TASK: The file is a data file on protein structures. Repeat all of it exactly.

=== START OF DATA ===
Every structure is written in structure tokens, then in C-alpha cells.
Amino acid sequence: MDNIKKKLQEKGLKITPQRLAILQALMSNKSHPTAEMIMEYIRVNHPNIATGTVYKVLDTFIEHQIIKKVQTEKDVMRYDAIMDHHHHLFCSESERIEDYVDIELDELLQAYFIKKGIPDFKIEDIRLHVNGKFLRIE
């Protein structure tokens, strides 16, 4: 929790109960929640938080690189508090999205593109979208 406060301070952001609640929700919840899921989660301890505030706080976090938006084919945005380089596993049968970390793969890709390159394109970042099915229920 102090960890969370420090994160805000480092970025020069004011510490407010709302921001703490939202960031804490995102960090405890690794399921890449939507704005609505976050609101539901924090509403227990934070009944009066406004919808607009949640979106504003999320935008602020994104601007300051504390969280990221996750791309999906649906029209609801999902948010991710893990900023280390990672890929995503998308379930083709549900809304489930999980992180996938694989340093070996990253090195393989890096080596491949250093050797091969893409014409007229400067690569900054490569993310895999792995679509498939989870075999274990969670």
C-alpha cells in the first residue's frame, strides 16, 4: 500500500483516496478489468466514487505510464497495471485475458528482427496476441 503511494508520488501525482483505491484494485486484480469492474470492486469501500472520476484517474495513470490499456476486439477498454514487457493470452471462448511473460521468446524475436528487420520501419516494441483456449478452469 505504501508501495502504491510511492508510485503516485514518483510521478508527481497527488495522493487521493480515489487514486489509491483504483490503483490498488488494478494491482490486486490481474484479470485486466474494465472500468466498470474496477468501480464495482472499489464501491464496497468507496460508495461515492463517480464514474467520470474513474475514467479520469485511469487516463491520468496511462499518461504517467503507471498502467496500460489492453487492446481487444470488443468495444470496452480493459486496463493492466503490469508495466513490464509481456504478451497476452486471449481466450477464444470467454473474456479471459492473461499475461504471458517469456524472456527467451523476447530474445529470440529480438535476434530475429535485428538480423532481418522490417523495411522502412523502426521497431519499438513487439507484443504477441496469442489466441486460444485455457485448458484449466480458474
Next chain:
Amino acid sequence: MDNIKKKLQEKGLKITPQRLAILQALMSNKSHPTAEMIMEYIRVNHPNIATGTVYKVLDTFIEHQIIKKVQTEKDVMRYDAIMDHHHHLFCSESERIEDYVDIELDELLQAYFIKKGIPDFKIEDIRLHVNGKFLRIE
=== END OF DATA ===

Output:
Every structure is written in structure tokens, then in C-alpha cells.
Amino acid sequence: MDNIKKKLQEKGLKITPQRLAILQALMSNKSHPTAEMIMEYIRVNHPNIATGTVYKVLDTFIEHQIIKKVQTEKDVMRYDAIMDHHHHLFCSESERIEDYVDIELDELLQAYFIKKGIPDFKIEDIRLHVNGKFLRIE
């Protein structure tokens, strides 16, 4: 929790109960929640938080690189508090999205593109979208 406060301070952001609640929700919840899921989660301890505030706080976090938006084919945005380089596993049968970390793969890709390159394109970042099915229920 102090960890969370420090994160805000480092970025020069004011510490407010709302921001703490939202960031804490995102960090405890690794399921890449939507704005609505976050609101539901924090509403227990934070009944009066406004919808607009949640979106504003999320935008602020994104601007300051504390969280990221996750791309999906649906029209609801999902948010991710893990900023280390990672890929995503998308379930083709549900809304489930999980992180996938694989340093070996990253090195393989890096080596491949250093050797091969893409014409007229400067690569900054490569993310895999792995679509498939989870075999274990969670």
C-alpha cells in the first residue's frame, strides 16, 4: 500500500483516496478489468466514487505510464497495471485475458528482427496476441 503511494508520488501525482483505491484494485486484480469492474470492486469501500472520476484517474495513470490499456476486439477498454514487457493470452471462448511473460521468446524475436528487420520501419516494441483456449478452469 505504501508501495502504491510511492508510485503516485514518483510521478508527481497527488495522493487521493480515489487514486489509491483504483490503483490498488488494478494491482490486486490481474484479470485486466474494465472500468466498470474496477468501480464495482472499489464501491464496497468507496460508495461515492463517480464514474467520470474513474475514467479520469485511469487516463491520468496511462499518461504517467503507471498502467496500460489492453487492446481487444470488443468495444470496452480493459486496463493492466503490469508495466513490464509481456504478451497476452486471449481466450477464444470467454473474456479471459492473461499475461504471458517469456524472456527467451523476447530474445529470440529480438535476434530475429535485428538480423532481418522490417523495411522502412523502426521497431519499438513487439507484443504477441496469442489466441486460444485455457485448458484449466480458474
Next chain:
Amino acid sequence: MDNIKKKLQEKGLKITPQRLAILQALMSNKSHPTAEMIMEYIRVNHPNIATGTVYKVLDTFIEHQIIKKVQTEKDVMRYDAIMDHHHHLFCSESERIEDYVDIELDELLQAYFIKKGIPDFKIEDIRLHVNGKFLRIE